Charleston County Wills, Estates, Guardianships, Deeds, Affidavits 1670 to 1868Charleston and Charleston County represent the earliest productive economy in South Carolina. English settlers arrived in the colony as early as 1670 and established a town at Albemarle Point on the west bank of the Ashley River. Then Charles Town, named in honor of King Charles II of England, was built a few miles away between the Ashley and Cooper rivers. Charles Town (renamed Charleston in 1783) was the political, social, and economic center of the South throughout the colonial period, becoming the antebellum capitol of the state capital until 1790. Charleston District was formed in 1769, but portions were later split off to form Colleton (1800) and Berkeley (1882) counties. Charleston County of today includes the old parishes of St. Philip, St. Michael, Christ Church, St. Andrew, St. John Colleton, and part of St. James Santee. It was the English and French Huguenot settlers and their African slaves who established the prosperous rice and cotton plantations of the eighteenth and nineteenth centuries. In fact, some of the first Georgia colonials ran away to Charleston so that they could establish agricultural plantations using slave labor. In essence, Charleston represented civilization to the colonials. In June of 1776, Charleston found itself embroiled in the Southern Campaign of the Revolutionary War and handily defeated the attacking British fleet. A palmetto log fort (later named Fort Moultrie) on the island of Sullivan Island cannonaded British causing them to retreat. During the War Between the States when federals were fired on at Fort Sumter by Confederate forces in April 1861, this act signalled the start of the war.
Early settlers: Charles Cotesworth Pinckney, General Andrew Pickens, Colonel Robert Anderson, Captain Robert Maxwell, John Bowen, Major John Ford, John Hallum, William Johnson, John Lewis Gervais, Ralph Atmar, George Bampfield, Lewis Newhouse, John James Himely, Edward Trescott, James Bentham, Moses Tomlin, William Moultrie, George Ringland, Jacob Drayton and others.
Colonial Days in Charleston and Savannah
By Jeannette Holland Austin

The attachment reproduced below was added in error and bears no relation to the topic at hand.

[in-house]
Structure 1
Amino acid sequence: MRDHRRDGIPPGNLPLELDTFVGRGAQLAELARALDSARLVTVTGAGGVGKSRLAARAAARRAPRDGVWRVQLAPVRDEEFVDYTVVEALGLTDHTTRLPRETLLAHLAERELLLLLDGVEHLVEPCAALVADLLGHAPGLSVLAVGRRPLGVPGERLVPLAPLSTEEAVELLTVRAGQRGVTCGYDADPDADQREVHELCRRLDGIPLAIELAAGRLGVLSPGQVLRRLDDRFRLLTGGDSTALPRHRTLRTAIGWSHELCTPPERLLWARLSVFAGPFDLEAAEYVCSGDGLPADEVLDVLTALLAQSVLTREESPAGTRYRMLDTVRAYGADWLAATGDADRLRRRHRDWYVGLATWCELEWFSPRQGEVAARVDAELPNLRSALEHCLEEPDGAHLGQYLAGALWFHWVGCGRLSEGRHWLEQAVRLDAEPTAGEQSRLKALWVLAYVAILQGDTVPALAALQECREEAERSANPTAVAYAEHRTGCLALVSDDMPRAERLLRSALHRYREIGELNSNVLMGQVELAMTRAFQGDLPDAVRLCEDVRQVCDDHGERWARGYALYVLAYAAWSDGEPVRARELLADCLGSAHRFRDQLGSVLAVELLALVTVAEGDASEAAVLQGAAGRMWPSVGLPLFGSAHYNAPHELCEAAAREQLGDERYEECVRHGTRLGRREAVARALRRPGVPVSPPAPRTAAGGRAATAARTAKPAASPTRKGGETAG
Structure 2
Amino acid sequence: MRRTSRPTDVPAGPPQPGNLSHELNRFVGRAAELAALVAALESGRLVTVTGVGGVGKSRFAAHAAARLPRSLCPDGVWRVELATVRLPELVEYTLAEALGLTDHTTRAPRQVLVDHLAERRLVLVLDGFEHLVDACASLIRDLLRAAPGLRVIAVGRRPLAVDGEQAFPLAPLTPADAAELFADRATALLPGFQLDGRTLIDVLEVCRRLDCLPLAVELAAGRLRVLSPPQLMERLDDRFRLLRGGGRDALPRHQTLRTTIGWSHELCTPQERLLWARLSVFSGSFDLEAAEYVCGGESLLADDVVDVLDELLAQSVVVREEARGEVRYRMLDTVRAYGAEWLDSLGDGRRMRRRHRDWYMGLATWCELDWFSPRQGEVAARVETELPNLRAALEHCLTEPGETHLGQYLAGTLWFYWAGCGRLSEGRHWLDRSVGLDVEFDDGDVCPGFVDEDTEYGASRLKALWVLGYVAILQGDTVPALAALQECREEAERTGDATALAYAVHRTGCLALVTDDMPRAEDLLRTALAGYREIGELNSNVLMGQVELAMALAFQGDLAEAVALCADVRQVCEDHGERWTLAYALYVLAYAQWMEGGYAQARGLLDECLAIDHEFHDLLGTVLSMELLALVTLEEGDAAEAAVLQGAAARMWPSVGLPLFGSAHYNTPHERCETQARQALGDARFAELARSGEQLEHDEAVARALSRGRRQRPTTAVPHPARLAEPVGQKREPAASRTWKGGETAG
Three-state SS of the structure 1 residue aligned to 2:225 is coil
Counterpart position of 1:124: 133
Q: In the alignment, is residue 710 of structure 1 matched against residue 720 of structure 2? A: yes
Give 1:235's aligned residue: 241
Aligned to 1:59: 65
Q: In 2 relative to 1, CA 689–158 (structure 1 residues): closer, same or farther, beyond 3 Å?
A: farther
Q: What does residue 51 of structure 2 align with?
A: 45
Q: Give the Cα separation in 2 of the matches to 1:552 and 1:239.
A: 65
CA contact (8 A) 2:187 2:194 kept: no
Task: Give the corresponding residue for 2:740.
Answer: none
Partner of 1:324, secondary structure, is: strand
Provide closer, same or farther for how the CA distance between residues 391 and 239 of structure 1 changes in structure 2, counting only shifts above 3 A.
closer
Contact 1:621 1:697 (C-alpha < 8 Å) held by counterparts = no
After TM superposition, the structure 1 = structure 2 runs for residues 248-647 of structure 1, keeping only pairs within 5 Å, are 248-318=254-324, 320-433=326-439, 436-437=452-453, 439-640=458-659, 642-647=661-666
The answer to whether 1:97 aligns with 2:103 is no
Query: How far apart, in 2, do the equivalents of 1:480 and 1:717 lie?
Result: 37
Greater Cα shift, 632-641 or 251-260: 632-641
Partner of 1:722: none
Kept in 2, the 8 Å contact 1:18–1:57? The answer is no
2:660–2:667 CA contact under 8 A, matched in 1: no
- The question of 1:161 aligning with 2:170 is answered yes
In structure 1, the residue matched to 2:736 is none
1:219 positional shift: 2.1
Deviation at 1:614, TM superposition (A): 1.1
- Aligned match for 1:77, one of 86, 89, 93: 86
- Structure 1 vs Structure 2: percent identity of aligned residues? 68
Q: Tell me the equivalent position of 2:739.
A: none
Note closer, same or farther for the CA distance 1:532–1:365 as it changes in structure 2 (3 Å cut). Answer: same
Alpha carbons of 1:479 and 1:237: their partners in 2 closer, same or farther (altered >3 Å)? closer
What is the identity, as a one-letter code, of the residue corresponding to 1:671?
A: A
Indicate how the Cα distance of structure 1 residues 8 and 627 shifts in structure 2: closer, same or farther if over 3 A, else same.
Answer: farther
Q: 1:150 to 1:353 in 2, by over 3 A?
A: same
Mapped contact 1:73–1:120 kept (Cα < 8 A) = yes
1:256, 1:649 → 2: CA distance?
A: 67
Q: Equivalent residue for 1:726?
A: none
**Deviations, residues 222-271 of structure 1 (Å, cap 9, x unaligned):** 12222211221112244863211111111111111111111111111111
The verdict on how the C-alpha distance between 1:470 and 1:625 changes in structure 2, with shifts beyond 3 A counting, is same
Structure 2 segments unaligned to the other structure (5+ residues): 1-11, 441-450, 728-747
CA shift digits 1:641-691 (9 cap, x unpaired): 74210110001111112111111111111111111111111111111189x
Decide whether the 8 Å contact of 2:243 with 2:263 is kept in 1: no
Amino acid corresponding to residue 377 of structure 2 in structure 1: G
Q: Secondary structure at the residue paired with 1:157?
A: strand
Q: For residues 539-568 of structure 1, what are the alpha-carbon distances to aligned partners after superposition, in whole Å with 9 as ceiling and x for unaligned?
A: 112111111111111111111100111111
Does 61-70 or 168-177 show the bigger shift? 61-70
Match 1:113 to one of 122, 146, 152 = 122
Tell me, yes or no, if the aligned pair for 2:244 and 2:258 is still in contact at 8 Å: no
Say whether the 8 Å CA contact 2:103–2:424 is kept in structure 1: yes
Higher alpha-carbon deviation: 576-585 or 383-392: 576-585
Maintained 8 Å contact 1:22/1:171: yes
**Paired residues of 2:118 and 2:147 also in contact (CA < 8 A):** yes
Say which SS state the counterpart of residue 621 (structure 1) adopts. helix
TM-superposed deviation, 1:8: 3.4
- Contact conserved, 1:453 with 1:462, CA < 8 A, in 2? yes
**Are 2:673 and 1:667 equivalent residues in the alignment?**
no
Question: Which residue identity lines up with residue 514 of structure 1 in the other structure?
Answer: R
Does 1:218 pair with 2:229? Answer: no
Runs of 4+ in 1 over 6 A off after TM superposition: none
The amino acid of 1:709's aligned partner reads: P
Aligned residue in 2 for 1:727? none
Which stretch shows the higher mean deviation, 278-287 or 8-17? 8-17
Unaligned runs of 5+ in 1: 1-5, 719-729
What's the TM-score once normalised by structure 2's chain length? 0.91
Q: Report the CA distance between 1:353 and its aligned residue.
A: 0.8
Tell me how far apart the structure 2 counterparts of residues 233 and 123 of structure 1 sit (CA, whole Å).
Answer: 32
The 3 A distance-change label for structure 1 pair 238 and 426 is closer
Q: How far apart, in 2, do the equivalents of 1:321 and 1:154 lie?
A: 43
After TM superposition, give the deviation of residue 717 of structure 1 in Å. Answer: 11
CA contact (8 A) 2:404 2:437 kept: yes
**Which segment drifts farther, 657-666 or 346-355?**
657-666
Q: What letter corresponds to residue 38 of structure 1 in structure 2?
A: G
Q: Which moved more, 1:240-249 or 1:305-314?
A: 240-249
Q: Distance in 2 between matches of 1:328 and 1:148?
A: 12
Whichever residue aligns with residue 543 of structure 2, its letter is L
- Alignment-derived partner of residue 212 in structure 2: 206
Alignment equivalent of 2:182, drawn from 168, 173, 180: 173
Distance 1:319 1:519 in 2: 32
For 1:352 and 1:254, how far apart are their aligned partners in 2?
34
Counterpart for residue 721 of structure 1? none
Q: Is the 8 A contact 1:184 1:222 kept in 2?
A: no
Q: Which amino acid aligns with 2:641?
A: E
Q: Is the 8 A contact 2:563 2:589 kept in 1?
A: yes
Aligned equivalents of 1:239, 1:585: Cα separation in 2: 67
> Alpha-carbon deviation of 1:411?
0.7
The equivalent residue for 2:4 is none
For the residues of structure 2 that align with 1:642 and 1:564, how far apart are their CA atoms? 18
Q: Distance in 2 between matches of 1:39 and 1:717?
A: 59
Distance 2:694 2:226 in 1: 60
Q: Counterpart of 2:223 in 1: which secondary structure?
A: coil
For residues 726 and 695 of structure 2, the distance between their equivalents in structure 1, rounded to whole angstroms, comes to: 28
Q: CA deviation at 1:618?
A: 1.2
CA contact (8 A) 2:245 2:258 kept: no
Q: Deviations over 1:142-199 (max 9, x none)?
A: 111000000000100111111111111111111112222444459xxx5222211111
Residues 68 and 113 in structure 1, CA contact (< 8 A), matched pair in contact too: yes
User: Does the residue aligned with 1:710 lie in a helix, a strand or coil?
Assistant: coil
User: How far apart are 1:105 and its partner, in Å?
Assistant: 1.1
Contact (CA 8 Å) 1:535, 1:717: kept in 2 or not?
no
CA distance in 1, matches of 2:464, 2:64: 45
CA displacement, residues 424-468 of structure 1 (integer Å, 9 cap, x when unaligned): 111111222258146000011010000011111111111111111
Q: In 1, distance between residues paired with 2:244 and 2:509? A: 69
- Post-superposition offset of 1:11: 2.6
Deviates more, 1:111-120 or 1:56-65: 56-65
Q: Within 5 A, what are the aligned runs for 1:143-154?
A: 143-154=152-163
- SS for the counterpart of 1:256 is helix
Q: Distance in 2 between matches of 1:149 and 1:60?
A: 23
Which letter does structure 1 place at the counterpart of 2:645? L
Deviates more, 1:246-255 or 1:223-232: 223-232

Finding colonial ancestors in Georgia and South Carolina can seem rather bleak but actually they left more detailed information in their documents than any other time. The history of colonial territories speaks for itself. The colonials who established Savannah also had relatives in Beaufort and Charleston and even the New England states. The reason is that colonial days in the South meant networking with friends and relatives in agricultural pursuits in the business of growing a stable economy. Although many of the first settlers received land grants, they also purchased large tracts of land and expanded their operations. Colonialism was not a sleepy venture, rather a hard-working society of agriculturists who risked their lives and fortunes in unexplored territories. It was the colonials who created a busy hive of activity in the building of towns and villages and constructing an economy. When tracing in Georgia or South Carolina, one should also examine records in Charleston, the landing place for all adventurers. do not forget Beaufort as it was one of the largest harbors along the east coast having attracted the Spanish and pirates during the early 16th century. However it was the Europeans who established the first permanent settlement at Albemarle Point near the present-day Charleston in 1670. About ten years later, a group of Scottish settlers made Beaufort their home. This settlement was along the Ashley River. The William Gibbons family established a network of plantations along the Frederica River and in the village of Nowington near Matthew Loudermilk and James Baillou. His sons, James and Joseph, had plantations on the Great Satilla River in South Carolina, near the bluff on the bank of the Savannah River and had town homes in Savannah. Another son, Josiah Gibbons, lived on about a thousand acres on the Newport River. Sarah Gibbons had a grandson, Noble Wimberly Jones of Savannah. They intermarried with Telfairs, Jones, Halls and McAllisters of Liberty and Chatham Counties and all of these families also prospered on their lands in South Carolina. Pierce Mease Butler was probably the wealthiest colonial planter in the South. His plantations spanned thousands of acres along the waterways of both states. His wife was Fanny Kemble, the actress who wrote spitefully about her life on a Georgia plantation. It is noteworthy to say that (for that era) she was doubtless cared for with a large entourage of servants and the finest of possessions. The Butlers were friends with the wealthiest of people like the Coupers of St. Simons Island and Noble Jones of Wormsloe plantation in Savannah. The way to learn more about the past days is to read the old colonial wills in Savannah and Charleston. The reason is for the detailed inventories of plantations as well as the naming and mentioning of relatives who resided in England, the Barbadoes and the New England states. For example, John Gibbons of Savannah named his Miller nephews of Natchez. Too, the old colonial wills in Virginia also bequeath property and persons to relatives in Great Britain. I not only read the wills and estates of my direct line, but read those of the spouses of their children. Sometimes even the slightest mention of a person indicates some sort of relationship. Of course, land grants denoting surveys (and neighbors) and deeds frequently help to further clarify relationships. The detail in wills is the main reason that I continue to add the original documents or typescripts to the websites. I know, this is a forever project, but we cannot really get our teeth into family history without such documents. Every little bit helps!